12 Apr Strobes vs Continuous lighting
So you may be asking yourself which one is better, for the first time I am even asking myself the same question, which is really better?
This is one of those questions that you can only really answer for yourself, but to best do that let’s look at the pro’s and con’s of each system.
Before the invention of super bright LED lights this would have been a much easier argument but LED lights have really become a game changer in this space.
With continuous lighting in the past, lights would generate massive amounts of heat, they would also consume as much power as a football stadium at night.
The lighting units were really big and heavy, making them more difficult transport, which for most people made them really not much of a viable option.
The benefits of strobes is that they don’t generate much heat, they are relatively light and small and generate massive amounts of light for their comparative size.
So now that we have a brief background of the past, let’s bring it into today’s terms, since today LED lights are in massive abundance and the prices just keep coming down.
What are the benefits of continuous lighting:
With continuous lighting what you see is what you get, there is no guess work or light metering required, live view of your eye or on your camera is pretty much what you will get when you press the shoot button.
With LED lights there is very little heat and the power consumption is extremely low.
LED lights are light weight, and in most cases daylight color balanced with an incandescent option.
They are also really easy to mix with natural light since what you see if what you get.
You can also use them for your video projects.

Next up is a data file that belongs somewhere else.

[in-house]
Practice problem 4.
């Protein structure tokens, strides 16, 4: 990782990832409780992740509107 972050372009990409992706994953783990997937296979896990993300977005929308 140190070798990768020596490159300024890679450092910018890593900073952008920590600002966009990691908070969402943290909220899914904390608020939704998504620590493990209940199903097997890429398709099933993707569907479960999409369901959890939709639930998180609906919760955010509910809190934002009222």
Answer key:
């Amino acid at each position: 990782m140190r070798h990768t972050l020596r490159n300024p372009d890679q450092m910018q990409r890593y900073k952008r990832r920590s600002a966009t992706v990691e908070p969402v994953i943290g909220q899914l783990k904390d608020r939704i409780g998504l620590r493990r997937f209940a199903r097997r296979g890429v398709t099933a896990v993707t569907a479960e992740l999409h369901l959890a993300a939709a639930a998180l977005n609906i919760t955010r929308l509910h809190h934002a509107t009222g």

The biggest benefit however and what I see as being the game changer for me is that when using continuous lighting you can shoot with a low power output and make use of a very shallow depth of field “without using ND filters” which opens up all sorts of creative doors for your photography.
What are the benefits of strobe lighting:
You can use flash to freeze motion and also make use of the much loved lately “high speed sync” to block out natural light.
High power output with low power consumption, a strobe unit of the same size as a continuous lighting unit will provide up to 10 or more times the light output than the continuous lighting. If you need to light a large area this is the only practical way to do so without renting a truck to move your equipment around.
CRI “color rendering index” of a strobe is 100 where as continuous lighting can range from 80-95 with 95 already being excellent for a continuous light. What is refers to is how well a light can illuminate a color without shifting the color due to spikes or troughs in it’s output.
So there you have it, the pro’s and con’s of both systems.
The best tip I can offer is that you consider the type of photography you will be focusing on, and with that in mind you can make a well informed decision as to which system to go for.
I can say without a doubt that if I were to start over and was only interested in shooting portraits I would definitely just go with fixed lighting.
To see an example of fixed lighting mixed with natural light, take a look at one of my other posts here